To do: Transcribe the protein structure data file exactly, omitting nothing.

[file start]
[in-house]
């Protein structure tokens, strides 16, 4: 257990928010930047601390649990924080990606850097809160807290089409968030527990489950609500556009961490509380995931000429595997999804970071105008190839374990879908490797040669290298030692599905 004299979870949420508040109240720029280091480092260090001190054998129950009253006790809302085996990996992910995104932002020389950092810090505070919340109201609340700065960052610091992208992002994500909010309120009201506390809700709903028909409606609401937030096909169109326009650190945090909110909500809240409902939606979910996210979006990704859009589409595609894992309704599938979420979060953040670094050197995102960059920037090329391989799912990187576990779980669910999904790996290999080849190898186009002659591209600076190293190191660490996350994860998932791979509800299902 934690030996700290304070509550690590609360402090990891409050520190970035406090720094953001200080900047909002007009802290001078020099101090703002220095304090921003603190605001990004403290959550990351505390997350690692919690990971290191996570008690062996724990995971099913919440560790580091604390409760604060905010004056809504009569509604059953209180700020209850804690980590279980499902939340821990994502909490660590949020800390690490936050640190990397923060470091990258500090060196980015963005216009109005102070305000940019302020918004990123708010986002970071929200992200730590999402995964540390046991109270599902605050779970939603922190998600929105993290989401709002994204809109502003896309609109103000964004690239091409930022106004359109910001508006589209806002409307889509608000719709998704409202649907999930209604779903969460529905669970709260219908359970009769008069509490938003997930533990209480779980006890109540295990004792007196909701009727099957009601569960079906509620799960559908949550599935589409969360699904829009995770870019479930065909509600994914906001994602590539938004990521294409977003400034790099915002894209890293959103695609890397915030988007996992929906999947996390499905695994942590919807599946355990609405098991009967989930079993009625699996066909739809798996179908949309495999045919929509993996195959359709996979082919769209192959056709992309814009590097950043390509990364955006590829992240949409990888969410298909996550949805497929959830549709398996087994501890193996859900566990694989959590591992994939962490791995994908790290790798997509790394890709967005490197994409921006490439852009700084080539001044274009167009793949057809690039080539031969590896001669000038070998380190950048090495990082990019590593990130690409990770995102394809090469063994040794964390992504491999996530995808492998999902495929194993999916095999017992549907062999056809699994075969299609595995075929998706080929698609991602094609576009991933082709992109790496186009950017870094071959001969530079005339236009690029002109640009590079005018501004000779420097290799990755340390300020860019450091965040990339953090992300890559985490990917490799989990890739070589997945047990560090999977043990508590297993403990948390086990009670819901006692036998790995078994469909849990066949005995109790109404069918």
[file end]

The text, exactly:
[in-house]
């Protein structure tokens, strides 16, 4: 257990928010930047601390649990924080990606850097809160807290089409968030527990489950609500556009961490509380995931000429595997999804970071105008190839374990879908490797040669290298030692599905 004299979870949420508040109240720029280091480092260090001190054998129950009253006790809302085996990996992910995104932002020389950092810090505070919340109201609340700065960052610091992208992002994500909010309120009201506390809700709903028909409606609401937030096909169109326009650190945090909110909500809240409902939606979910996210979006990704859009589409595609894992309704599938979420979060953040670094050197995102960059920037090329391989799912990187576990779980669910999904790996290999080849190898186009002659591209600076190293190191660490996350994860998932791979509800299902 934690030996700290304070509550690590609360402090990891409050520190970035406090720094953001200080900047909002007009802290001078020099101090703002220095304090921003603190605001990004403290959550990351505390997350690692919690990971290191996570008690062996724990995971099913919440560790580091604390409760604060905010004056809504009569509604059953209180700020209850804690980590279980499902939340821990994502909490660590949020800390690490936050640190990397923060470091990258500090060196980015963005216009109005102070305000940019302020918004990123708010986002970071929200992200730590999402995964540390046991109270599902605050779970939603922190998600929105993290989401709002994204809109502003896309609109103000964004690239091409930022106004359109910001508006589209806002409307889509608000719709998704409202649907999930209604779903969460529905669970709260219908359970009769008069509490938003997930533990209480779980006890109540295990004792007196909701009727099957009601569960079906509620799960559908949550599935589409969360699904829009995770870019479930065909509600994914906001994602590539938004990521294409977003400034790099915002894209890293959103695609890397915030988007996992929906999947996390499905695994942590919807599946355990609405098991009967989930079993009625699996066909739809798996179908949309495999045919929509993996195959359709996979082919769209192959056709992309814009590097950043390509990364955006590829992240949409990888969410298909996550949805497929959830549709398996087994501890193996859900566990694989959590591992994939962490791995994908790290790798997509790394890709967005490197994409921006490439852009700084080539001044274009167009793949057809690039080539031969590896001669000038070998380190950048090495990082990019590593990130690409990770995102394809090469063994040794964390992504491999996530995808492998999902495929194993999916095999017992549907062999056809699994075969299609595995075929998706080929698609991602094609576009991933082709992109790496186009950017870094071959001969530079005339236009690029002109640009590079005018501004000779420097290799990755340390300020860019450091965040990339953090992300890559985490990917490799989990890739070589997945047990560090999977043990508590297993403990948390086990009670819901006692036998790995078994469909849990066949005995109790109404069918």